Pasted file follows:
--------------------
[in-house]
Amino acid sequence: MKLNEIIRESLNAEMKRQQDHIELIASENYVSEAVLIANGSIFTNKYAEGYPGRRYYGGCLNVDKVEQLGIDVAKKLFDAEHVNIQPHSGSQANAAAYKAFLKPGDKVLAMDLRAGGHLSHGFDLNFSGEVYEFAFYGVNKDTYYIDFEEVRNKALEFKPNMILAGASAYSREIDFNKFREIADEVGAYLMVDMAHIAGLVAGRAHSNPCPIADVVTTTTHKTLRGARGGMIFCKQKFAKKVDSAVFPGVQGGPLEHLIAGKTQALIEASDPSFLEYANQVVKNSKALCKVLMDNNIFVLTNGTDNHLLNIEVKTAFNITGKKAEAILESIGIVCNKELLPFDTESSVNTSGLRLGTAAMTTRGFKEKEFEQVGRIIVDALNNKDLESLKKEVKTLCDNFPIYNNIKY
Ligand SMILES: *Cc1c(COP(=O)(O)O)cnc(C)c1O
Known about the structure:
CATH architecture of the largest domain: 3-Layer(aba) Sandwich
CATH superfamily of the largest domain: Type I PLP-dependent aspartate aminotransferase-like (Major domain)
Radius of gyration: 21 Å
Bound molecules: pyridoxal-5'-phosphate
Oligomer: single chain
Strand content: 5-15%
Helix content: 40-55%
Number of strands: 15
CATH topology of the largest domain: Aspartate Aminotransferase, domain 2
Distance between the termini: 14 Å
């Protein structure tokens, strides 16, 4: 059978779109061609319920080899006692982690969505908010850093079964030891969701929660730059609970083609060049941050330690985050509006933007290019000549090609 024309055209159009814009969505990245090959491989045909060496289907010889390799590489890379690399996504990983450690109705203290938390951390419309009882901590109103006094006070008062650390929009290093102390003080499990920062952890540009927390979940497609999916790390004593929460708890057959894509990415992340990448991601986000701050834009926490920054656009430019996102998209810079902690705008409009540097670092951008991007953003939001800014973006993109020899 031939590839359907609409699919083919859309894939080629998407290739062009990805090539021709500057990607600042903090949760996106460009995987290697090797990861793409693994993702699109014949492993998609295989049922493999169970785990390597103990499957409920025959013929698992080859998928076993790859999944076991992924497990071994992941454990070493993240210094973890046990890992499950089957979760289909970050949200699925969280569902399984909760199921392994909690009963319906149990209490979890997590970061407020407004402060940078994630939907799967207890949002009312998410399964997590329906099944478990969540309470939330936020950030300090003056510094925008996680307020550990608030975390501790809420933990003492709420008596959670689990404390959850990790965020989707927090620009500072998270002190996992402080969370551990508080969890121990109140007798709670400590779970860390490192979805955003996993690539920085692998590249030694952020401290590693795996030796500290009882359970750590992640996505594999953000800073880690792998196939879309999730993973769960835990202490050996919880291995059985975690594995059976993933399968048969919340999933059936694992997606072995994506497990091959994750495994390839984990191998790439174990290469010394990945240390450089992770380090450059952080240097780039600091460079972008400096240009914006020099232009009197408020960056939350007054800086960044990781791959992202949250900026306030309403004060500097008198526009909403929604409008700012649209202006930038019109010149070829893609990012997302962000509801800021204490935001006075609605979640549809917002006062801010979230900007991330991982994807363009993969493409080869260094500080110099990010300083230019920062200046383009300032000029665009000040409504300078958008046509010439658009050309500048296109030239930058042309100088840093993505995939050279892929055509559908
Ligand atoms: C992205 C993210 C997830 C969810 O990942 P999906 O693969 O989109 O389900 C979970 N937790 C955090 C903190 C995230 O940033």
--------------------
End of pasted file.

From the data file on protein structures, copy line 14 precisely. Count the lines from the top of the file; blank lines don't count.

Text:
Distance between the termini: 14 Å